patronage relationships within the party;
party-citizen clientelistic exchanges; and
'reverse clientelism' - whereby party leaders exchange favours with individual wealthy sponsors for financial backing.
In general, clientelism creates incentives that subvert formal procedures.
Randall also argued that the tendency has been for parties in the developing world to be weakly institutionalised (because of party origins, interrupted development, prevalence of clientelism, and environment of scarcity, etc.). Thus, while there are exceptions to this, notably in Latin America, political parties in the developing world do not have deep social roots and often seem more of an imposition from above/from the outside.
In terms of the potential and actual contribution of political parties to governance and state development, Randall highlighted the following:
Historically there have been various parties that have had major effects on shaping state institutions, particularly those based on national liberation movements (the PRI in Mexico or the ANC in South Africa).
Political parties can in principle provide legitimacy to governing institutions, which is arguably important for giving governing institutions breathing room to introduce policies that may not have electoral support.
Elite recruitment and training
Contribution to policy-making - although in practice there is often little programmatic difference between parties, and the prevalence of clientelism means that party leaders may not be primarily concerned with policy-making.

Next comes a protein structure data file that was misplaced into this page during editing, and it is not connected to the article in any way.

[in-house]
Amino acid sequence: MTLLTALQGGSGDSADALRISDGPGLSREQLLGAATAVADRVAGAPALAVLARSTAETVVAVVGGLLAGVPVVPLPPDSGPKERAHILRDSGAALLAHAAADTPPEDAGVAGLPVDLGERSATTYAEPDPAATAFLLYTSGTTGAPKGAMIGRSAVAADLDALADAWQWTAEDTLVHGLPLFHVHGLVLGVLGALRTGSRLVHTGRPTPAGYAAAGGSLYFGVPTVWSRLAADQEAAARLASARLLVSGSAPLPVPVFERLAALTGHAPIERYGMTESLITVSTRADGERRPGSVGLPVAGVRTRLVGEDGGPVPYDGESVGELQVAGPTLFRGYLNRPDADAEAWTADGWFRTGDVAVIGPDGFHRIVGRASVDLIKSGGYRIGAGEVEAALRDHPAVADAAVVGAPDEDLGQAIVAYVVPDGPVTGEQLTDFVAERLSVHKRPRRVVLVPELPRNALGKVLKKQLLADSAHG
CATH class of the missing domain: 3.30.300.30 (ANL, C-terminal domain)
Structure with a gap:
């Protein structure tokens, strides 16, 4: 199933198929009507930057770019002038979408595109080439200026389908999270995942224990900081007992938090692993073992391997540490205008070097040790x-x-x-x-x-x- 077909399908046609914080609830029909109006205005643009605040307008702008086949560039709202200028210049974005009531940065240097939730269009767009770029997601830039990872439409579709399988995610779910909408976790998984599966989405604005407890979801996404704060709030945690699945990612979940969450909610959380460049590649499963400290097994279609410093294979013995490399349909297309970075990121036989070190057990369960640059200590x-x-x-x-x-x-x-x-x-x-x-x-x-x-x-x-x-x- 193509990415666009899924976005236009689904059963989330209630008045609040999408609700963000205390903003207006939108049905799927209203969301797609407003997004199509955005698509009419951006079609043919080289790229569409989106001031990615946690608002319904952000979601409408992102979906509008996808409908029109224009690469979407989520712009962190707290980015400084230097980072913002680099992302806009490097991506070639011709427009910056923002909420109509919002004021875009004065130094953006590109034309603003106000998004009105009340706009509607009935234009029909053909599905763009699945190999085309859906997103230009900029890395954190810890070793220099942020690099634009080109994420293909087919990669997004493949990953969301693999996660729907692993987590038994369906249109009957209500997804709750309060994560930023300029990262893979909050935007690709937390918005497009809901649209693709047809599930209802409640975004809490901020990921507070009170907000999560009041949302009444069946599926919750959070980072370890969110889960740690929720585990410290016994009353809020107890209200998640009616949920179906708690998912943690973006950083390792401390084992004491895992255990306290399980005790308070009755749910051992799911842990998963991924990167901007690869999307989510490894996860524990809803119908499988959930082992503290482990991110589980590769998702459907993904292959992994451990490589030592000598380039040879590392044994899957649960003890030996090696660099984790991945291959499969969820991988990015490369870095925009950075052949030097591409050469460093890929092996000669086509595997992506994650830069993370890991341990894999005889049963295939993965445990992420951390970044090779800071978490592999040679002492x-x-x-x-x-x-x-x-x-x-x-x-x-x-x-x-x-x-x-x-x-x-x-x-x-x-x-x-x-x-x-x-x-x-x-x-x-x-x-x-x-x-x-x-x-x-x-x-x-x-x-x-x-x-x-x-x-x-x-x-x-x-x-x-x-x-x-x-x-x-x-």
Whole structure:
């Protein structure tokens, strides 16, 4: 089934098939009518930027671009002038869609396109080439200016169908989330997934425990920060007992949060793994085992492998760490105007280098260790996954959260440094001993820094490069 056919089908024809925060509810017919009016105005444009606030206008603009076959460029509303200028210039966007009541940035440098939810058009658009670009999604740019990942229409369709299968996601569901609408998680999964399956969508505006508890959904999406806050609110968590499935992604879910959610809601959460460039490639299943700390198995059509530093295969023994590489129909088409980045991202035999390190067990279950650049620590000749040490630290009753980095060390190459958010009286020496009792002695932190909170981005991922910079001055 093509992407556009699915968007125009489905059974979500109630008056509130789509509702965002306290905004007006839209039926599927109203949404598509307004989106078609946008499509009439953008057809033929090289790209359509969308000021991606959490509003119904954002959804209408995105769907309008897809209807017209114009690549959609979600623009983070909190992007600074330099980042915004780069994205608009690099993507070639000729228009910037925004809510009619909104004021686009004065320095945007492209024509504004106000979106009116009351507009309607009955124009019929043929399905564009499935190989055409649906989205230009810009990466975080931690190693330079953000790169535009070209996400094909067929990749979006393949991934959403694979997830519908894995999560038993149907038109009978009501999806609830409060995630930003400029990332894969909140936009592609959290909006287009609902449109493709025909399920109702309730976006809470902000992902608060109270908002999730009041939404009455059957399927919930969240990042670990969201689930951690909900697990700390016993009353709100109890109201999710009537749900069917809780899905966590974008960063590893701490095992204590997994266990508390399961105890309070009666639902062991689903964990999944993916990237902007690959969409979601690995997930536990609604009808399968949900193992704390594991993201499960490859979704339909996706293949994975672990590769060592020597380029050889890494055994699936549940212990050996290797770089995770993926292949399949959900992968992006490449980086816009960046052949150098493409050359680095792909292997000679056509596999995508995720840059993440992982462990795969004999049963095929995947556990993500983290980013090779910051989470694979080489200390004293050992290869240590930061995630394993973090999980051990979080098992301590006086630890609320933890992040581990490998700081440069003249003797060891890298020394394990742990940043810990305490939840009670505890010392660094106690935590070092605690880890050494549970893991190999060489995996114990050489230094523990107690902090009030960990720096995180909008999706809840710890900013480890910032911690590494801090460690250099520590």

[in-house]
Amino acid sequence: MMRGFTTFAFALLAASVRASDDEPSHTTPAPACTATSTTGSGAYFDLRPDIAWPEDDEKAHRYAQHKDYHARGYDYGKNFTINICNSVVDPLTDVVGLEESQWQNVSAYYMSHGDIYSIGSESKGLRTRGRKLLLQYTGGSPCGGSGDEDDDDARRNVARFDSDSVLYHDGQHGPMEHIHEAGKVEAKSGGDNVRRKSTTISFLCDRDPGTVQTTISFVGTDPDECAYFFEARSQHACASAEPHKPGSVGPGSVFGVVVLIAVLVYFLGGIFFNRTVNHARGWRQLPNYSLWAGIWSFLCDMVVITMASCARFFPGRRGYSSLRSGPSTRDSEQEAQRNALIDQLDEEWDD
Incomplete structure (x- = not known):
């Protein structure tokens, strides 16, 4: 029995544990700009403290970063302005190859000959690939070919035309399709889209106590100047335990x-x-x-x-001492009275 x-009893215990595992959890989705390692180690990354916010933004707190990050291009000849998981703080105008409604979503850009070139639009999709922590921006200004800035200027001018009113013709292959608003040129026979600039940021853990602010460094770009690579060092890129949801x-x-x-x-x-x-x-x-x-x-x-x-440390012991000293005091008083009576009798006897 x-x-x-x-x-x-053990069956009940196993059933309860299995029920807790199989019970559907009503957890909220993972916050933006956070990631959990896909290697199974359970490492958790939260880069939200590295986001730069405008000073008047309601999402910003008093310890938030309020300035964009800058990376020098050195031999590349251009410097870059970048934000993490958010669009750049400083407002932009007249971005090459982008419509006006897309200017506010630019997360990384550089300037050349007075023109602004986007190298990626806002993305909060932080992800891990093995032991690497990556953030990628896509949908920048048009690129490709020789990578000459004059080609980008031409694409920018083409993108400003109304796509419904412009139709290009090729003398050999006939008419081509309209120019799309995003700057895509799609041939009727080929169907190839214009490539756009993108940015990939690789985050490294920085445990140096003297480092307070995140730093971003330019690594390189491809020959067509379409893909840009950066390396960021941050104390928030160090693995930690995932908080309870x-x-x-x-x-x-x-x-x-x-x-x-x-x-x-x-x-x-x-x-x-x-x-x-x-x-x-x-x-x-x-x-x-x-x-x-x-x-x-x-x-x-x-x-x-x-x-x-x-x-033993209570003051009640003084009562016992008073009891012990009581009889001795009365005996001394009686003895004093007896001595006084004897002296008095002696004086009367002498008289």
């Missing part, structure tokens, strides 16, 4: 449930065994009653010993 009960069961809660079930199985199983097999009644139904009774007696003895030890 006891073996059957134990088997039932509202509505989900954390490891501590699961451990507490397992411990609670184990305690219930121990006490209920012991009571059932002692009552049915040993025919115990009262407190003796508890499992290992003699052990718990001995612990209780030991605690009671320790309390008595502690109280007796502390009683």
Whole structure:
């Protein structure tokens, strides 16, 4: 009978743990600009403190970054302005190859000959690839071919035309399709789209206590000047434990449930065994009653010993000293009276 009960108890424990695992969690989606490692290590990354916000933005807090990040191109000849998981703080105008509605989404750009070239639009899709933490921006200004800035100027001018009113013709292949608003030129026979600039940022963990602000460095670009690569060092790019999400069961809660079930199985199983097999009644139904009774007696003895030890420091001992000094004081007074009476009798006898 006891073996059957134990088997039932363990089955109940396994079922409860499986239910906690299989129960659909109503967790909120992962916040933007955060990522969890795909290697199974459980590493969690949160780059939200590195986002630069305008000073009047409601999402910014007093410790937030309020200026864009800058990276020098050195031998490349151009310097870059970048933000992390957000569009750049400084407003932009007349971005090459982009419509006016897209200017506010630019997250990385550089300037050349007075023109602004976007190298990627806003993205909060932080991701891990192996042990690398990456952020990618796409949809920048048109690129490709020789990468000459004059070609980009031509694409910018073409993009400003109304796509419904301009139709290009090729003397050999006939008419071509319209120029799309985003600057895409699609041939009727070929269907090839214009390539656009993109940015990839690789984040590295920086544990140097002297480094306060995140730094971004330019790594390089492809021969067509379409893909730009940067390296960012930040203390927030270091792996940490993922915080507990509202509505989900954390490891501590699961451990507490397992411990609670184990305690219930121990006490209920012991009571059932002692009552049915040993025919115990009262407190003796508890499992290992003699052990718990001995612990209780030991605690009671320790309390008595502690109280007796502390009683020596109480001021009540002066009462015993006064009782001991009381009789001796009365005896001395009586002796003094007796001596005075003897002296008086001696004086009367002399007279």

As opposition parties, parties can help ensure accountability of government or bureaucracy.
An interesting inconsistency that Randall highlighted is that Western donors like to call for greater party discipline and programmatic approaches, but when some parties actually reflect these characteristics, The West often does not like the results (e.g. Islamic parties.
Randall concluded on a pessimistic note, suggesting that as currently configured, political parties in the developing world are not likely to enhance democratic governance processes in any significant way.
Roger Hallhag focused his remarks on international democracy assistance relating to political parties. His starting premise was that, even if parties are difficult creatures, they are there and a choice has to be made as to whether to engage with them or not - and there seems to be little advantage in not engaging.